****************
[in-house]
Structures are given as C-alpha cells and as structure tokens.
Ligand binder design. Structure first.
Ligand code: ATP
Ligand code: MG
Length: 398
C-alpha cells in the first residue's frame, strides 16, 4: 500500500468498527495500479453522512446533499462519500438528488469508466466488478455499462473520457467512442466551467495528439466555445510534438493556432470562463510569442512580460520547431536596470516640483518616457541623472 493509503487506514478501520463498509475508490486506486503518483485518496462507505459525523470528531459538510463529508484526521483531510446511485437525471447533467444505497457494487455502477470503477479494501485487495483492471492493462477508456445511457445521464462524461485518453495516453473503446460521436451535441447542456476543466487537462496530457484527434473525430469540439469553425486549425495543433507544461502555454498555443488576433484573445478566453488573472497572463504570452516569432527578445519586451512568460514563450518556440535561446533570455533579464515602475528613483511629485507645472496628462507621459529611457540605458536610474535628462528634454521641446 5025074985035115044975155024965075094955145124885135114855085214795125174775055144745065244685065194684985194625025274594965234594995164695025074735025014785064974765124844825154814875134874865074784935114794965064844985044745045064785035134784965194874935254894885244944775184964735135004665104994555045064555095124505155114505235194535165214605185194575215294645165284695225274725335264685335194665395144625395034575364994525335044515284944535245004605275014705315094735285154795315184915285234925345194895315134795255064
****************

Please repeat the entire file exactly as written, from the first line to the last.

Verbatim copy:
[in-house]
Structures are given as C-alpha cells and as structure tokens.
Ligand binder design. Structure first.
Ligand code: ATP
Ligand code: MG
Length: 398
C-alpha cells in the first residue's frame, strides 16, 4: 500500500468498527495500479453522512446533499462519500438528488469508466466488478455499462473520457467512442466551467495528439466555445510534438493556432470562463510569442512580460520547431536596470516640483518616457541623472 493509503487506514478501520463498509475508490486506486503518483485518496462507505459525523470528531459538510463529508484526521483531510446511485437525471447533467444505497457494487455502477470503477479494501485487495483492471492493462477508456445511457445521464462524461485518453495516453473503446460521436451535441447542456476543466487537462496530457484527434473525430469540439469553425486549425495543433507544461502555454498555443488576433484573445478566453488573472497572463504570452516569432527578445519586451512568460514563450518556440535561446533570455533579464515602475528613483511629485507645472496628462507621459529611457540605458536610474535628462528634454521641446 5025074985035115044975155024965075094955145124885135114855085214795125174775055144745065244685065194684985194625025274594965234594995164695025074735025014785064974765124844825154814875134874865074784935114794965064844985044745045064785035134784965194874935254894885244944775184964735135004665104994555045064555095124505155114505235194535165214605185194575215294645165284695225274725335264685335194665395144625395034575364994525335044515284944535245004605275014705315094735285154795315184915285234925345194895315134795255064